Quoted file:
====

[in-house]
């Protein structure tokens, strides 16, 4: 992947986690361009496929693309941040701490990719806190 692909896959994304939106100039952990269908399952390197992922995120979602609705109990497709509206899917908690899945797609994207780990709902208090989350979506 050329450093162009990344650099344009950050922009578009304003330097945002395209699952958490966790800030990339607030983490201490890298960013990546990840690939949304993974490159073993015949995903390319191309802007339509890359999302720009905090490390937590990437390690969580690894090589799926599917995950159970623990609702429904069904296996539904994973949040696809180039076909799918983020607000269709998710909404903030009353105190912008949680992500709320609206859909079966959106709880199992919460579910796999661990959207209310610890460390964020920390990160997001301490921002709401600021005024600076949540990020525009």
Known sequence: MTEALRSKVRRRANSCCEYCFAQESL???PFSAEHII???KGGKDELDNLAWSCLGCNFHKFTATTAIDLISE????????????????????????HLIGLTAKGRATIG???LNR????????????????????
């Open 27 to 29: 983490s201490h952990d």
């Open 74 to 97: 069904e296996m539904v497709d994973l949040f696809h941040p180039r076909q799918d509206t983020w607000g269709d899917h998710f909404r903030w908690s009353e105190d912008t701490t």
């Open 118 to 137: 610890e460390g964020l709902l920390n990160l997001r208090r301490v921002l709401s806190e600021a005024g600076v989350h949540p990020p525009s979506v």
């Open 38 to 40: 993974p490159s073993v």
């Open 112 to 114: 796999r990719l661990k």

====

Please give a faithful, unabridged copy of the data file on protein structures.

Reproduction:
[in-house]
């Protein structure tokens, strides 16, 4: 992947986690361009496929693309941040701490990719806190 692909896959994304939106100039952990269908399952390197992922995120979602609705109990497709509206899917908690899945797609994207780990709902208090989350979506 050329450093162009990344650099344009950050922009578009304003330097945002395209699952958490966790800030990339607030983490201490890298960013990546990840690939949304993974490159073993015949995903390319191309802007339509890359999302720009905090490390937590990437390690969580690894090589799926599917995950159970623990609702429904069904296996539904994973949040696809180039076909799918983020607000269709998710909404903030009353105190912008949680992500709320609206859909079966959106709880199992919460579910796999661990959207209310610890460390964020920390990160997001301490921002709401600021005024600076949540990020525009």
Known sequence: MTEALRSKVRRRANSCCEYCFAQESL???PFSAEHII???KGGKDELDNLAWSCLGCNFHKFTATTAIDLISE????????????????????????HLIGLTAKGRATIG???LNR????????????????????
């Open 27 to 29: 983490s201490h952990d």
């Open 74 to 97: 069904e296996m539904v497709d994973l949040f696809h941040p180039r076909q799918d509206t983020w607000g269709d899917h998710f909404r903030w908690s009353e105190d912008t701490t």
């Open 118 to 137: 610890e460390g964020l709902l920390n990160l997001r208090r301490v921002l709401s806190e600021a005024g600076v989350h949540p990020p525009s979506v």
């Open 38 to 40: 993974p490159s073993v």
């Open 112 to 114: 796999r990719l661990k």